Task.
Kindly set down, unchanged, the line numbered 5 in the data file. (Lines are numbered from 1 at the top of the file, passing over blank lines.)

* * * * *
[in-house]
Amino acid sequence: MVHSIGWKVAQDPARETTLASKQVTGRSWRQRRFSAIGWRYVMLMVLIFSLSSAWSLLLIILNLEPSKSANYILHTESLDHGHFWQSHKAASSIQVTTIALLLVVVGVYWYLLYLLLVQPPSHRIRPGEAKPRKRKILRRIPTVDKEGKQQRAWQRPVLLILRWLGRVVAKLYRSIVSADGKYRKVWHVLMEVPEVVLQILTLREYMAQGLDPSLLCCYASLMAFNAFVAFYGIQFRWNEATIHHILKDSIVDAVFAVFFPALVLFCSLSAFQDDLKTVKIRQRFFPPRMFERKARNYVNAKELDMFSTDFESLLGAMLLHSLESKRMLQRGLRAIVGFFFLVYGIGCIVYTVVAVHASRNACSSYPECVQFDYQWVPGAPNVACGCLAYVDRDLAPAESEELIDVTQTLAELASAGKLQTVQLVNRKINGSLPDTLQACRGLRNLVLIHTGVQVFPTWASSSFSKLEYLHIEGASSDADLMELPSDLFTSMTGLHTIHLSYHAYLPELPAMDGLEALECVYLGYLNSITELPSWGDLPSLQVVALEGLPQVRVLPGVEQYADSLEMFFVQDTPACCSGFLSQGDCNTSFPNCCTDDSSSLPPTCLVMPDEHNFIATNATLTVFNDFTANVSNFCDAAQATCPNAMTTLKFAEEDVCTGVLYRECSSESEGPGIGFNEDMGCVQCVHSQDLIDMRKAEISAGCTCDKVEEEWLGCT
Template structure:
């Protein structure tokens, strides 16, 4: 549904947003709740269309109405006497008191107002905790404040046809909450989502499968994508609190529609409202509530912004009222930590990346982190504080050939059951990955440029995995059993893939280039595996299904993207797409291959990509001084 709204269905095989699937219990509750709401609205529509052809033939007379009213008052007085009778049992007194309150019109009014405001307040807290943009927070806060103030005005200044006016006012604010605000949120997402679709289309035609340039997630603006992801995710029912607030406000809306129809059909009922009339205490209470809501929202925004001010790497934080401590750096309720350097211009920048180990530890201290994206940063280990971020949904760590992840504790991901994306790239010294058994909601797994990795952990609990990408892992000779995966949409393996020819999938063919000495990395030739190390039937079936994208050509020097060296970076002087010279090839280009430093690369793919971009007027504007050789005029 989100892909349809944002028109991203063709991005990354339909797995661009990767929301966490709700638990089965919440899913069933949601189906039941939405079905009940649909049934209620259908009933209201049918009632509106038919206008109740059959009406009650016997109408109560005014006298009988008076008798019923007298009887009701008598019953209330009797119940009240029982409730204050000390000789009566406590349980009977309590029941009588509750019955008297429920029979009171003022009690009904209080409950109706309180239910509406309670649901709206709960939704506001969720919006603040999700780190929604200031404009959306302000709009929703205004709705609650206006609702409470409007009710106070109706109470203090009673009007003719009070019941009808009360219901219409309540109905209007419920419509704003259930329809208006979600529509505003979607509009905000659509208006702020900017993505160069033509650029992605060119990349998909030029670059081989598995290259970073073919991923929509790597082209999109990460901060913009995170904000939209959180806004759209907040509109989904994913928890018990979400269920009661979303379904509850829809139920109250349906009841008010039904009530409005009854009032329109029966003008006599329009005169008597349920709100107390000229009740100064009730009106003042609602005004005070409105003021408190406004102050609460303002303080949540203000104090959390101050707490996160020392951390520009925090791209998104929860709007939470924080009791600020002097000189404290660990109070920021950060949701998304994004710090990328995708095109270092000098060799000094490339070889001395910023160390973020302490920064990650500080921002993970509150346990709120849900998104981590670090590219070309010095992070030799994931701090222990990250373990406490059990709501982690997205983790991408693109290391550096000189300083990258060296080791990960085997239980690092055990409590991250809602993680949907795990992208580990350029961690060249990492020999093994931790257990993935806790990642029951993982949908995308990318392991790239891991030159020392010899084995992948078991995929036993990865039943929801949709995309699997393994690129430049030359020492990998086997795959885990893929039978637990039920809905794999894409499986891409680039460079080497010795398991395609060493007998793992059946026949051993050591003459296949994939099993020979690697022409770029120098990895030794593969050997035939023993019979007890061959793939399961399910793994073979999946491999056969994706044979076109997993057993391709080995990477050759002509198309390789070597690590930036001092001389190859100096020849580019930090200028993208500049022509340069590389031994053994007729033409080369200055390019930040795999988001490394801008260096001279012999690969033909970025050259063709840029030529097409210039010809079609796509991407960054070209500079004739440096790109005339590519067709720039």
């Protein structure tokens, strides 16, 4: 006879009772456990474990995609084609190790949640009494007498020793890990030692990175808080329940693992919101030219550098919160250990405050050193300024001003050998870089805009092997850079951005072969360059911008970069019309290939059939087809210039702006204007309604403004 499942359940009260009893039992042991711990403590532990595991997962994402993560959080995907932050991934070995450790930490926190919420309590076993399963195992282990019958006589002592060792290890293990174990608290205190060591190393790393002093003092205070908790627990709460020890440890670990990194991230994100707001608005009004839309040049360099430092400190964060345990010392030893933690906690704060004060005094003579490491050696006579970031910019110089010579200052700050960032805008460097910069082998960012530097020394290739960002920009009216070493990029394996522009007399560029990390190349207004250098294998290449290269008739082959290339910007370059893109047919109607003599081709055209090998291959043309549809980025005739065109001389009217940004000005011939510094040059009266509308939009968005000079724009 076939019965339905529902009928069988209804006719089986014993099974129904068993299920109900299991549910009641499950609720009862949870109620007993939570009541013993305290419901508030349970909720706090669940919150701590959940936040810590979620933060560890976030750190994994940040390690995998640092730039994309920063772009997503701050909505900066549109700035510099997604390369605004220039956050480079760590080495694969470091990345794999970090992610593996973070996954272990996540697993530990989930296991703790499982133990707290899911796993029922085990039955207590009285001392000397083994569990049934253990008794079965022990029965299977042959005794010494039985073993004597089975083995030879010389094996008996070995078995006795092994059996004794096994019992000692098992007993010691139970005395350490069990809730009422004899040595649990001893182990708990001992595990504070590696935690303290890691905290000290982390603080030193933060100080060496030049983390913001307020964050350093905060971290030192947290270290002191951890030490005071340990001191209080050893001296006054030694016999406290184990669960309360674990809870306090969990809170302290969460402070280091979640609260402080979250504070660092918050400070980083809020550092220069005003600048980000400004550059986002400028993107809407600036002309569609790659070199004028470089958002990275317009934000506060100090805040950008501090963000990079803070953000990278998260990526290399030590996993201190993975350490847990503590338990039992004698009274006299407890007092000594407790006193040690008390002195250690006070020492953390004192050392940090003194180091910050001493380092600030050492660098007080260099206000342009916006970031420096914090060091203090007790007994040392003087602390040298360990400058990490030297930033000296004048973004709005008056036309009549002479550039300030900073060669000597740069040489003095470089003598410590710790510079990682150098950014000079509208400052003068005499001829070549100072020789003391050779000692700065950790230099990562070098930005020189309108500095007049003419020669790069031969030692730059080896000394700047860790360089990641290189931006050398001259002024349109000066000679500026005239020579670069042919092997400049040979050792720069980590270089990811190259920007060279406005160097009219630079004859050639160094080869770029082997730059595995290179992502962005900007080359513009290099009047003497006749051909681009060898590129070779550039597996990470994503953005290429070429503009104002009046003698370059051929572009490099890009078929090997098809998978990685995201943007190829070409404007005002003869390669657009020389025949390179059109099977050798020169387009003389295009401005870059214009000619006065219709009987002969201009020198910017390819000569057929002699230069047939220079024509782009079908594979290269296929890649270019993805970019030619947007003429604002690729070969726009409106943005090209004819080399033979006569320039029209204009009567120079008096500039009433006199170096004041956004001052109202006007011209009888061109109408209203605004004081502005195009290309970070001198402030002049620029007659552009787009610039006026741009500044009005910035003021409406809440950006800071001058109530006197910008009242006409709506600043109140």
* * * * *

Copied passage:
């Protein structure tokens, strides 16, 4: 006879009772456990474990995609084609190790949640009494007498020793890990030692990175808080329940693992919101030219550098919160250990405050050193300024001003050998870089805009092997850079951005072969360059911008970069019309290939059939087809210039702006204007309604403004 499942359940009260009893039992042991711990403590532990595991997962994402993560959080995907932050991934070995450790930490926190919420309590076993399963195992282990019958006589002592060792290890293990174990608290205190060591190393790393002093003092205070908790627990709460020890440890670990990194991230994100707001608005009004839309040049360099430092400190964060345990010392030893933690906690704060004060005094003579490491050696006579970031910019110089010579200052700050960032805008460097910069082998960012530097020394290739960002920009009216070493990029394996522009007399560029990390190349207004250098294998290449290269008739082959290339910007370059893109047919109607003599081709055209090998291959043309549809980025005739065109001389009217940004000005011939510094040059009266509308939009968005000079724009 076939019965339905529902009928069988209804006719089986014993099974129904068993299920109900299991549910009641499950609720009862949870109620007993939570009541013993305290419901508030349970909720706090669940919150701590959940936040810590979620933060560890976030750190994994940040390690995998640092730039994309920063772009997503701050909505900066549109700035510099997604390369605004220039956050480079760590080495694969470091990345794999970090992610593996973070996954272990996540697993530990989930296991703790499982133990707290899911796993029922085990039955207590009285001392000397083994569990049934253990008794079965022990029965299977042959005794010494039985073993004597089975083995030879010389094996008996070995078995006795092994059996004794096994019992000692098992007993010691139970005395350490069990809730009422004899040595649990001893182990708990001992595990504070590696935690303290890691905290000290982390603080030193933060100080060496030049983390913001307020964050350093905060971290030192947290270290002191951890030490005071340990001191209080050893001296006054030694016999406290184990669960309360674990809870306090969990809170302290969460402070280091979640609260402080979250504070660092918050400070980083809020550092220069005003600048980000400004550059986002400028993107809407600036002309569609790659070199004028470089958002990275317009934000506060100090805040950008501090963000990079803070953000990278998260990526290399030590996993201190993975350490847990503590338990039992004698009274006299407890007092000594407790006193040690008390002195250690006070020492953390004192050392940090003194180091910050001493380092600030050492660098007080260099206000342009916006970031420096914090060091203090007790007994040392003087602390040298360990400058990490030297930033000296004048973004709005008056036309009549002479550039300030900073060669000597740069040489003095470089003598410590710790510079990682150098950014000079509208400052003068005499001829070549100072020789003391050779000692700065950790230099990562070098930005020189309108500095007049003419020669790069031969030692730059080896000394700047860790360089990641290189931006050398001259002024349109000066000679500026005239020579670069042919092997400049040979050792720069980590270089990811190259920007060279406005160097009219630079004859050639160094080869770029082997730059595995290179992502962005900007080359513009290099009047003497006749051909681009060898590129070779550039597996990470994503953005290429070429503009104002009046003698370059051929572009490099890009078929090997098809998978990685995201943007190829070409404007005002003869390669657009020389025949390179059109099977050798020169387009003389295009401005870059214009000619006065219709009987002969201009020198910017390819000569057929002699230069047939220079024509782009079908594979290269296929890649270019993805970019030619947007003429604002690729070969726009409106943005090209004819080399033979006569320039029209204009009567120079008096500039009433006199170096004041956004001052109202006007011209009888061109109408209203605004004081502005195009290309970070001198402030002049620029007659552009787009610039006026741009500044009005910035003021409406809440950006800071001058109530006197910008009242006409709506600043109140």